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California Proposed May Revision Budget Adds Medi-Cal Expansions

This week, our In Focus section reviews California’s May Revision to the Governor’s Budget, which proposes a $267.8 billion budget (with $196.8 billion General Fund) for fiscal year 2021-22. The revised budget includes $24.4 billion in reserves, the largest in history. The May Revision builds on the California Advancing and Innovating Medi-Cal (CalAIM) proposal and introduces several Medi-Cal initiatives and benefits for fiscal year 2021-22.

California Governor Gavin Newsom lays out $207.7 billion ($54.2 billion General Fund and $153.5 billion other funds) for the state’s Health and Human Services (HHS) agency. Under HHS, the Medi-Cal budget is $115.6 billion ($21.5 billion General Fund) in fiscal year 2020-21 and $123.8 billion ($27.6 billion General Fund) in fiscal year 2021-22. The May Revision assumes that caseload will increase by approximately 7.1 percent from fiscal year 2019-20 to fiscal year 2020-21 and increase by 6.6 percent from fiscal year 2020-21 to fiscal year 2021-22. Medi-Cal is projected to cover approximately 14.5 million Californians in 2021-22, over one-third of the state’s population.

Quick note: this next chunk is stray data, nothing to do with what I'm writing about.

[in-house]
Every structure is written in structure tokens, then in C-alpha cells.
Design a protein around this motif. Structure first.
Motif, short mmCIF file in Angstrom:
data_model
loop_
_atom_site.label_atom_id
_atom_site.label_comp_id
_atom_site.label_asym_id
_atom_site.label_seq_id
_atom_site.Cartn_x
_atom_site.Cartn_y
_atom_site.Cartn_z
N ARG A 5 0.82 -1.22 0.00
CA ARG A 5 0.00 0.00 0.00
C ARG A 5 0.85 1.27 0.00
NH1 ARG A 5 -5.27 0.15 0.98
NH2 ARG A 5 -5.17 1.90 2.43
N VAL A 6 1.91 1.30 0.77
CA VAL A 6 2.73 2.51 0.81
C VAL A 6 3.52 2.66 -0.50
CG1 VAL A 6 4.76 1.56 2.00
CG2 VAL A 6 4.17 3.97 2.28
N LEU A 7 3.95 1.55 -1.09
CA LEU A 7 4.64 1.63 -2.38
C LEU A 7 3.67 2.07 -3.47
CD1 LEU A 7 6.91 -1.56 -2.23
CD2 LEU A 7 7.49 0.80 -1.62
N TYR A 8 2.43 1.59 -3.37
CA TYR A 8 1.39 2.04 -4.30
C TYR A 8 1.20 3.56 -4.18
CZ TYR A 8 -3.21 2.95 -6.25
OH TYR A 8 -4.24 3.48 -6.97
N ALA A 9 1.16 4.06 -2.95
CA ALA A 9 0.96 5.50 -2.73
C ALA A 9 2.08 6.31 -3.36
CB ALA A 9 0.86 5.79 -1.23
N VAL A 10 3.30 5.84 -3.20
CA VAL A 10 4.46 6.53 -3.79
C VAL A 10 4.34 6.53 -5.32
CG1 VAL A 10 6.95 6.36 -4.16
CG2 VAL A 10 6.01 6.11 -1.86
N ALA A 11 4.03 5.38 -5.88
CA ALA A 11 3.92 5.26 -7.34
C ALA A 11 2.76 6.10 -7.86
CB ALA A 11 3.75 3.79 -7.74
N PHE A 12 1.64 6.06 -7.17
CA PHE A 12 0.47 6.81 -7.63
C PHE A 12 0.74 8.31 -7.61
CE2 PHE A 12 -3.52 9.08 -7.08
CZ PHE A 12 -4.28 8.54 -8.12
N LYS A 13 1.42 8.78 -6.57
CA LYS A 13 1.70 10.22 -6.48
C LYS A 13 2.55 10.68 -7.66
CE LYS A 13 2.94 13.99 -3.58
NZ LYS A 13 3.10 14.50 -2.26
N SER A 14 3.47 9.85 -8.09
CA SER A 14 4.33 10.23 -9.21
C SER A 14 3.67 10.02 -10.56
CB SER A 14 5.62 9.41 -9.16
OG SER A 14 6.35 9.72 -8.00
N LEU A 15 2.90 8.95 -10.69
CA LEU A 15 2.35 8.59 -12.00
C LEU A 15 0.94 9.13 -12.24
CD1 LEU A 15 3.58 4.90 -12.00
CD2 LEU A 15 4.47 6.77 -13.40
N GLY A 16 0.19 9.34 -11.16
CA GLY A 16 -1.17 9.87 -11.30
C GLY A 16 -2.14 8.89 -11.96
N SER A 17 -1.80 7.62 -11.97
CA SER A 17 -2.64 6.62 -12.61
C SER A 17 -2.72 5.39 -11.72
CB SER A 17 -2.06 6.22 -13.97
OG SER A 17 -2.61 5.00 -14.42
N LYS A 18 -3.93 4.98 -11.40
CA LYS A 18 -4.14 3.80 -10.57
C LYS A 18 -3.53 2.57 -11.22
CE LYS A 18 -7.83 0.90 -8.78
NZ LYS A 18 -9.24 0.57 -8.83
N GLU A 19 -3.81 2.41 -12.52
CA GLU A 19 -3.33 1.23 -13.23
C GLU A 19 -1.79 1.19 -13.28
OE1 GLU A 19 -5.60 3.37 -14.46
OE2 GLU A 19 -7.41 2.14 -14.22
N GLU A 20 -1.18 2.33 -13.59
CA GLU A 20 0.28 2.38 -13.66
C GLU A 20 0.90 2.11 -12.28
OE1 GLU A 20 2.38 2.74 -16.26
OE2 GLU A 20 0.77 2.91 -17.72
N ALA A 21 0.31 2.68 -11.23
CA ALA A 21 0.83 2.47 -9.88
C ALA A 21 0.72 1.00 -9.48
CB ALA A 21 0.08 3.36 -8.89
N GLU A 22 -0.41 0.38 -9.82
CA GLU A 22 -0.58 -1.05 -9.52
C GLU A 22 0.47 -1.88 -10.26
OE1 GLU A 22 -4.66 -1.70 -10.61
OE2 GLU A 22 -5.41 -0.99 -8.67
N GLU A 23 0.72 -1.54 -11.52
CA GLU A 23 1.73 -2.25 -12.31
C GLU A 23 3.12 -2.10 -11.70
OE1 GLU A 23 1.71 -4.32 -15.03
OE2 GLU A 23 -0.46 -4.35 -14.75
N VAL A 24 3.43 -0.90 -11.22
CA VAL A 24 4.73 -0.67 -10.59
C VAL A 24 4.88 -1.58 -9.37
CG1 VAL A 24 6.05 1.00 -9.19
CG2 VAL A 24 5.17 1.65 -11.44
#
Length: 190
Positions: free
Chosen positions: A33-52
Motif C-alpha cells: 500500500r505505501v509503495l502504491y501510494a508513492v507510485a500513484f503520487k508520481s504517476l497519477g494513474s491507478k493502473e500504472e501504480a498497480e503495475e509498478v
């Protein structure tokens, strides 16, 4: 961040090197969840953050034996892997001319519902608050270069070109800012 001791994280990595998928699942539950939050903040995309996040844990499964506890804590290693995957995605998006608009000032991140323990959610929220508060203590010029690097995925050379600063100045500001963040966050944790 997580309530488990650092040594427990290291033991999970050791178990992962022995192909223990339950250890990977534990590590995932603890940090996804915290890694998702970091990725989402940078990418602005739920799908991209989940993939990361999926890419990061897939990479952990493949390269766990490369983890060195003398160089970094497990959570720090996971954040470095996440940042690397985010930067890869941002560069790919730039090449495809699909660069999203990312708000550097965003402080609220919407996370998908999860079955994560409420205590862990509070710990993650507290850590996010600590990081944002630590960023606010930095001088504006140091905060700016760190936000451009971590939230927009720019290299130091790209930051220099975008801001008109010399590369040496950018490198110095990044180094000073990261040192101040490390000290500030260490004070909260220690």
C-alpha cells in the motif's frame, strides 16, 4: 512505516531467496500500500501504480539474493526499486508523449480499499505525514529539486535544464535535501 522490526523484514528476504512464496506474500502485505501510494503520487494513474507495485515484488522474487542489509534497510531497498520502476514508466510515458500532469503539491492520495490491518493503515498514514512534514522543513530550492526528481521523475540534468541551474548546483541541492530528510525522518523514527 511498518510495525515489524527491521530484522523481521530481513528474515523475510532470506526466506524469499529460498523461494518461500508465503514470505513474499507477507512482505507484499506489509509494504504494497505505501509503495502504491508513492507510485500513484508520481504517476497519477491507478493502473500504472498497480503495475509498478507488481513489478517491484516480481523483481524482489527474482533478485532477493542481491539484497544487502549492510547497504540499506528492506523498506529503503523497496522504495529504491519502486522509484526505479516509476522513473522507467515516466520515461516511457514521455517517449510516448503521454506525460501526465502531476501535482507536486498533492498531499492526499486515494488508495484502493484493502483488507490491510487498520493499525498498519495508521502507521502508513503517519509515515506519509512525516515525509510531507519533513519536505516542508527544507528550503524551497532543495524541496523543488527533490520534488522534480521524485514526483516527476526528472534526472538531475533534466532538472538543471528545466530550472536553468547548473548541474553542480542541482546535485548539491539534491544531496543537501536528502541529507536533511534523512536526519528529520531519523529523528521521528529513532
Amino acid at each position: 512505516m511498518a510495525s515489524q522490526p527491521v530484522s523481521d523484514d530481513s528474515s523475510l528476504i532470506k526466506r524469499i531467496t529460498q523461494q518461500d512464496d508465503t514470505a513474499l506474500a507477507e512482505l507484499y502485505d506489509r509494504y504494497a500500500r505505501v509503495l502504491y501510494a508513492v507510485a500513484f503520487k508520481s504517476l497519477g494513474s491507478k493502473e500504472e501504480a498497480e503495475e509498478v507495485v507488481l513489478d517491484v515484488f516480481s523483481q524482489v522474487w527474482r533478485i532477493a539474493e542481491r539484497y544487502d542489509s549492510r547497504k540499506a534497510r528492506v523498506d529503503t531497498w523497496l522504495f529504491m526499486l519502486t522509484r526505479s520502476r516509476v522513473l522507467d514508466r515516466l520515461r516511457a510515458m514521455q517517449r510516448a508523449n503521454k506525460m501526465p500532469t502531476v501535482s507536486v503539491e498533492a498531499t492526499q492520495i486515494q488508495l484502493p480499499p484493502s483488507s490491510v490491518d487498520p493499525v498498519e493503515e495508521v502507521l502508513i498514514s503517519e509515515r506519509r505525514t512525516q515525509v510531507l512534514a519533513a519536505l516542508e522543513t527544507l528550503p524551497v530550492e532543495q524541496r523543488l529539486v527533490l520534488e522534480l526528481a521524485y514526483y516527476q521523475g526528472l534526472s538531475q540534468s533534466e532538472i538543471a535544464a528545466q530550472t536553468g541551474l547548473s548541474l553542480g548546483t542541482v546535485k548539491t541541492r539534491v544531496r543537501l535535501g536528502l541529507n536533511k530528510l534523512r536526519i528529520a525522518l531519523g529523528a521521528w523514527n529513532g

The May Revision includes $1.1 billion for CalAIM, which seeks to standardize and streamline the Medi-Cal program and address health disparities and social determinants of health for high-risk, high-cost Medi-Cal members through broad-based delivery system, program, and payment reform. An HMA summary of the revised CalAIM proposal can be found here. When speaking about CalAIM during his remarks on the May Revision, Newsom mentioned the upcoming re-procurement for managed care plans, which is scheduled to be released later this year, with implementation scheduled for January 2024. About 3 million of the state’s Medicaid managed care members will be reprocured under the new RFPs, including approximately 1.6 million for commercial plans[1] in two-county model markets, and over 1.2 million in Geographic Managed Care (GMC) model markets.